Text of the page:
Wildlife Photographer of the Year 2023

Royal British Columbia Museum: Open till April 16, 2023

Yesterday I attended an exhibition in Victoria called Wildlife Photographer of the Year being held downtown at our Royal British Columbia Museum. I was accompanied by fellow VCC member Maureen Reid, and we thoroughly enjoyed reviewing all the images.

Wildlife Photographer of the Year is a traveling exhibition that comes to us from the Natural History Museum of London, England. It is a photo contest that began in 1965 with 361 entries but which has exploded into a worldwide event with over 45,000 entries submitted every year. The submissions are divided into several categories from Animals in their Environment to Photojournalism. and several other categories.

Here is the website location for the Victoria Show:

As Maureen and I traveled up the escalator to begin the tour, we started by watching a large slide show panel. One of the main images being used for advertising is a photo of a polar bear leaning out the window of an abandoned building. What is the story behind this powerful image? The exhibit hall is dark, but all the images are incredibly well-lit and beautifully arranged. We started right at 10 a.m. when the building opened, and it took us two hours to really enjoy every photo.

All of the images are provided with text informing us of the photographer and a short story about the image. The storyboard also provides technical information such as the camera brands, lenses, and metadata on shutter speeds and f-stops for us photo geeks to digest.

There are approximately 100 photos in the exhibit presented as large, easy-to-view displays where we stopped at each one to read the story and really examine each photo. If you are here, you probably have a passion for great photography. You will want to stop at every photo and really examine how that one image was more impactful than thousands of others.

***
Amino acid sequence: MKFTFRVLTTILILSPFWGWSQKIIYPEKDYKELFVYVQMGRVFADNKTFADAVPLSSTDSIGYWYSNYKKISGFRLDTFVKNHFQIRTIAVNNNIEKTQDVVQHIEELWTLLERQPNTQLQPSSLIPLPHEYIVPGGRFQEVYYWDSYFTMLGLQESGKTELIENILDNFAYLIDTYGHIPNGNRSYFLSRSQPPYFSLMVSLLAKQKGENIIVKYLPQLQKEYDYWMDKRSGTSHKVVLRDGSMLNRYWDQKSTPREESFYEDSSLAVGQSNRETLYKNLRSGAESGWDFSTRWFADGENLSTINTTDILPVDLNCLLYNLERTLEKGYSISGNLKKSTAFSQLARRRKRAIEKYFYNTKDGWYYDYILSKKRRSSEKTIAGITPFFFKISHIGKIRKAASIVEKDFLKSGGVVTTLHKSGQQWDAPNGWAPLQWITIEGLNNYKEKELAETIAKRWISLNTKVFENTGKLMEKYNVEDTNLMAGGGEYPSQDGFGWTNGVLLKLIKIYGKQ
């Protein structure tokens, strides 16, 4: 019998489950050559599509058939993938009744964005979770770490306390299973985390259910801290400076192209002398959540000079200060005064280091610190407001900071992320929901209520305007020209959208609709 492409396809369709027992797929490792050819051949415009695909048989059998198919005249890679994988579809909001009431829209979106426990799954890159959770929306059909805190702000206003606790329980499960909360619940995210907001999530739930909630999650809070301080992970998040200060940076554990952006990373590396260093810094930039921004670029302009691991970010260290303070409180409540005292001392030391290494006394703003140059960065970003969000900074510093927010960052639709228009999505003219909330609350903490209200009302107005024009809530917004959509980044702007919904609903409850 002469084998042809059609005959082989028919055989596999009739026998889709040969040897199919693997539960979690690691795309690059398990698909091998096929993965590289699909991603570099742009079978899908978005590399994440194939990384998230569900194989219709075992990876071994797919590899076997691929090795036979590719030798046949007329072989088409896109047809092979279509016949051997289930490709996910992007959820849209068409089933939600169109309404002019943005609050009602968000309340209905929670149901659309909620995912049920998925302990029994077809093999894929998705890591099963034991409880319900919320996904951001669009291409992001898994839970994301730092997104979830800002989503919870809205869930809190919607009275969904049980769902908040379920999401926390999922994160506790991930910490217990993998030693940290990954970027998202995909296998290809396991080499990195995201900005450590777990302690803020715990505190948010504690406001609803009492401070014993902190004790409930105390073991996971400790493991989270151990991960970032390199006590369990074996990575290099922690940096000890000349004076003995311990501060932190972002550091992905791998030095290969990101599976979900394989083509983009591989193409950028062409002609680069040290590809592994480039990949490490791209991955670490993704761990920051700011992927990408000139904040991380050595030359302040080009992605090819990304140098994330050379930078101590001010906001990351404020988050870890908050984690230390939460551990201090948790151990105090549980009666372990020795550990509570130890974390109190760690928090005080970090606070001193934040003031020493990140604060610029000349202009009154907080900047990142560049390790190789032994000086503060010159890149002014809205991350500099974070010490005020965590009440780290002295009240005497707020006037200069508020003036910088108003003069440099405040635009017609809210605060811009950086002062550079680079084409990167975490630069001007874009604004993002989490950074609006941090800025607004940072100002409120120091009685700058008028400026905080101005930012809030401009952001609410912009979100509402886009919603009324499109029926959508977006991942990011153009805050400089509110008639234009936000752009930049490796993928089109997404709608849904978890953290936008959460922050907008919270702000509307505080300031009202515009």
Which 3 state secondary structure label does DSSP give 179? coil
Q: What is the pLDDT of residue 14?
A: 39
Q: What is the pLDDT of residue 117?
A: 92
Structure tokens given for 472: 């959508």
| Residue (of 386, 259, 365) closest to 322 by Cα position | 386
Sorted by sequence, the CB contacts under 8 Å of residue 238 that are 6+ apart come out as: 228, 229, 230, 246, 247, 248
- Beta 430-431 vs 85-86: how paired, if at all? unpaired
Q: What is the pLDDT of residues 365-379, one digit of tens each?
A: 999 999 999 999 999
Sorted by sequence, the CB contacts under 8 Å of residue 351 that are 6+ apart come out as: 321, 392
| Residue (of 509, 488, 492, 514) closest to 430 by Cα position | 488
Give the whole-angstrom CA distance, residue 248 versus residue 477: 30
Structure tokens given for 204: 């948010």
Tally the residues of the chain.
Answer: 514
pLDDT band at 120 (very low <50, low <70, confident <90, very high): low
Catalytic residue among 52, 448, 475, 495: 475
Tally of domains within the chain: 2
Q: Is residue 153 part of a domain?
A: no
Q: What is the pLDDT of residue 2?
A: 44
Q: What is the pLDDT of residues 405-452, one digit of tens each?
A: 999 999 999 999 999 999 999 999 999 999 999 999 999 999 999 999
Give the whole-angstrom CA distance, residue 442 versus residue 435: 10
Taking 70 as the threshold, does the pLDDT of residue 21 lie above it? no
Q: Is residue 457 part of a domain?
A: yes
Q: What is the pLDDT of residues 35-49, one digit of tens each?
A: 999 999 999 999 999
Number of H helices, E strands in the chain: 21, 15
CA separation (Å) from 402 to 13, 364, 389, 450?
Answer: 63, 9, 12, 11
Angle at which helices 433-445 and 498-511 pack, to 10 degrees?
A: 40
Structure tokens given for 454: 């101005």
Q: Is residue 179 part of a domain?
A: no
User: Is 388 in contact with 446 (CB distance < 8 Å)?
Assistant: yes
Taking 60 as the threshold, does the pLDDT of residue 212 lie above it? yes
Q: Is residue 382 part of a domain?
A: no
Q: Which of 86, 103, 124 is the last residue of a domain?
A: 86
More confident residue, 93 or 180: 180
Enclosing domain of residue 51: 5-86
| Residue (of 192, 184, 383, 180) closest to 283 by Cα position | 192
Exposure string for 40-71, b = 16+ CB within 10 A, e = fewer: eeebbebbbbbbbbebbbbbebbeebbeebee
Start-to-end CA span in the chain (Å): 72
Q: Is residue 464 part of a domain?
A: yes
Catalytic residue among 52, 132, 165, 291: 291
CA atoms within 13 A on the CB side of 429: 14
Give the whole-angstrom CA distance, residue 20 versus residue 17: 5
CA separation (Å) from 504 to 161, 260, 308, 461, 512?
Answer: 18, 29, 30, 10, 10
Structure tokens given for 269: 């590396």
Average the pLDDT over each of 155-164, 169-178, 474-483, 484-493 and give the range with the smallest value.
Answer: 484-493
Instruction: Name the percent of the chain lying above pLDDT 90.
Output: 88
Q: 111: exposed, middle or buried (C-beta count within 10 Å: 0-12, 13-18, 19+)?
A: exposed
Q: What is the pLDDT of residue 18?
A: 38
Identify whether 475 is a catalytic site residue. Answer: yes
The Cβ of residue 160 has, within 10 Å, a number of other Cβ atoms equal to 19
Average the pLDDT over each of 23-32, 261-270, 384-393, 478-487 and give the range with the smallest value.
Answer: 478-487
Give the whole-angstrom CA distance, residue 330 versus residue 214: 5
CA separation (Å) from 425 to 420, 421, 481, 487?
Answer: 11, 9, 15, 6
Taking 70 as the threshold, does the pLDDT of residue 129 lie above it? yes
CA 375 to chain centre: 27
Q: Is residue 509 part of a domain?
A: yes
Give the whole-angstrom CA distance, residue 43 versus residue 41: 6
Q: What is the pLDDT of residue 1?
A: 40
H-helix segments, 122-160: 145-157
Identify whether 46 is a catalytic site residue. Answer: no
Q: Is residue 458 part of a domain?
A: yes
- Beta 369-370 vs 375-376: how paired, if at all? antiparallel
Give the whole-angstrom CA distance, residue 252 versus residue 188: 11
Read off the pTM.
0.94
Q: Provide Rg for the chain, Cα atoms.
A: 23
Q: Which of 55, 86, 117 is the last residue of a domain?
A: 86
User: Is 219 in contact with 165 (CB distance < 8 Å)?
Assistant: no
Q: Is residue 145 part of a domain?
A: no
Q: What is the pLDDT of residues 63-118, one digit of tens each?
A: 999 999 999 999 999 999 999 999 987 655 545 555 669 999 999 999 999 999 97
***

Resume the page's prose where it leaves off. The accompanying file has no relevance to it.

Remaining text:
We were surprised at the variety of images that were photographed using drone technology, hidden wildlife photo cameras, and strobe lights to perfectly light their subjects. There are many underwater images as well as beautifully composed macro photos. There is such a wide variety of themes that no matter what you enjoy photographing you will thoroughly enjoy taking in this exhibition. Keep in mind that some images may be unsettling to you as well. The photojournalism images show hardship and harsh realities in the natural world as well as the impact the human population can push on the natural world. 

As members of a camera club who enjoy submitting our own images to be judged, we couldn’t help but judge some of these images ourselves. I think this is a great way to improve your own photography. Look at award winning images and ask yourself what did they do to achieve this recognition. In most cases, we own the same gear that these photographers used. The lighting in your photograph, overall composition, and subject matter will always impact your photographs. Examining these winning photos may advance how you go forward with your own photography. Sure we may never purchase a drone and fly to the remote tundra to fly it but in our own backyards are lots of opportunities to create unique photographs.

As the crowd continued to grow, I was glad we came early. I think this exhibition will be very well received. 

For yesterday’s visit, we did not even pay an admission price as they we only asking for a cash donation of whatever you were comfortable with. I believe this is a short-term special, but your admission also includes access to the rest of the usual Museum Halls.

One word of caution since it is dark in this area. Be sure you don’t lose anything on the floor! I did find one glove on the floor and was lucky to locate the owner quickly.

If you can attend this show with another photographer, I think that is a plus. At times we both saw different things within a photograph that we of interest to us.

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